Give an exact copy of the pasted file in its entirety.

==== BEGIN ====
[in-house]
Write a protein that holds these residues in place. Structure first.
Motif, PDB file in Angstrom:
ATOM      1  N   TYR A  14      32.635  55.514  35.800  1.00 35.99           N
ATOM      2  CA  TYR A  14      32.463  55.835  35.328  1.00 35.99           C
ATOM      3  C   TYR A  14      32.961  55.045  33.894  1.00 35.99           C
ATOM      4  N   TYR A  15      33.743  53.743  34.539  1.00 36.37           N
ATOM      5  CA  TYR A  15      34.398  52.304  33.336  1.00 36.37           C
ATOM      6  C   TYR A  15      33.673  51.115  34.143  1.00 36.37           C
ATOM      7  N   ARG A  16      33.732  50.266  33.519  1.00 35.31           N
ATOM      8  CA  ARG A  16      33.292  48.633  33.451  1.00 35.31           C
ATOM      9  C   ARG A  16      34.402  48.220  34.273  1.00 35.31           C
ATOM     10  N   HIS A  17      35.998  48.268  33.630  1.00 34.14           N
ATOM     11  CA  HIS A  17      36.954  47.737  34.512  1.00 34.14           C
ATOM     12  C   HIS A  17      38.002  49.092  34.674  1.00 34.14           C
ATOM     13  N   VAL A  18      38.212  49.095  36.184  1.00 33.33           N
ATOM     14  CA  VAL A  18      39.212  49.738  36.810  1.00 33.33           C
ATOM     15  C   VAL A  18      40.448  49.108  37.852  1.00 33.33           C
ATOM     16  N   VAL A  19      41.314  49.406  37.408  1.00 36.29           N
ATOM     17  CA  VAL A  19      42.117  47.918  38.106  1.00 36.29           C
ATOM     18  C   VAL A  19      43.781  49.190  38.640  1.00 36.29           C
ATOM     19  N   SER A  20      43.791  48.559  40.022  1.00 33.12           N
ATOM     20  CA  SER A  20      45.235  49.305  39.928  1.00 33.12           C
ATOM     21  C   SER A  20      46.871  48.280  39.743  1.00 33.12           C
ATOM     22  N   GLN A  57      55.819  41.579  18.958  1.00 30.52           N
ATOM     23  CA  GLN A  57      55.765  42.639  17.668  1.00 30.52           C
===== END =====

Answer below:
[in-house]
Write a protein that holds these residues in place. Structure first.
Motif, PDB file in Angstrom:
ATOM      1  N   TYR A  14      32.635  55.514  35.800  1.00 35.99           N
ATOM      2  CA  TYR A  14      32.463  55.835  35.328  1.00 35.99           C
ATOM      3  C   TYR A  14      32.961  55.045  33.894  1.00 35.99           C
ATOM      4  N   TYR A  15      33.743  53.743  34.539  1.00 36.37           N
ATOM      5  CA  TYR A  15      34.398  52.304  33.336  1.00 36.37           C
ATOM      6  C   TYR A  15      33.673  51.115  34.143  1.00 36.37           C
ATOM      7  N   ARG A  16      33.732  50.266  33.519  1.00 35.31           N
ATOM      8  CA  ARG A  16      33.292  48.633  33.451  1.00 35.31           C
ATOM      9  C   ARG A  16      34.402  48.220  34.273  1.00 35.31           C
ATOM     10  N   HIS A  17      35.998  48.268  33.630  1.00 34.14           N
ATOM     11  CA  HIS A  17      36.954  47.737  34.512  1.00 34.14           C
ATOM     12  C   HIS A  17      38.002  49.092  34.674  1.00 34.14           C
ATOM     13  N   VAL A  18      38.212  49.095  36.184  1.00 33.33           N
ATOM     14  CA  VAL A  18      39.212  49.738  36.810  1.00 33.33           C
ATOM     15  C   VAL A  18      40.448  49.108  37.852  1.00 33.33           C
ATOM     16  N   VAL A  19      41.314  49.406  37.408  1.00 36.29           N
ATOM     17  CA  VAL A  19      42.117  47.918  38.106  1.00 36.29           C
ATOM     18  C   VAL A  19      43.781  49.190  38.640  1.00 36.29           C
ATOM     19  N   SER A  20      43.791  48.559  40.022  1.00 33.12           N
ATOM     20  CA  SER A  20      45.235  49.305  39.928  1.00 33.12           C
ATOM     21  C   SER A  20      46.871  48.280  39.743  1.00 33.12           C
ATOM     22  N   GLN A  57      55.819  41.579  18.958  1.00 30.52           N
ATOM     23  CA  GLN A  57      55.765  42.639  17.668  1.00 30.52           C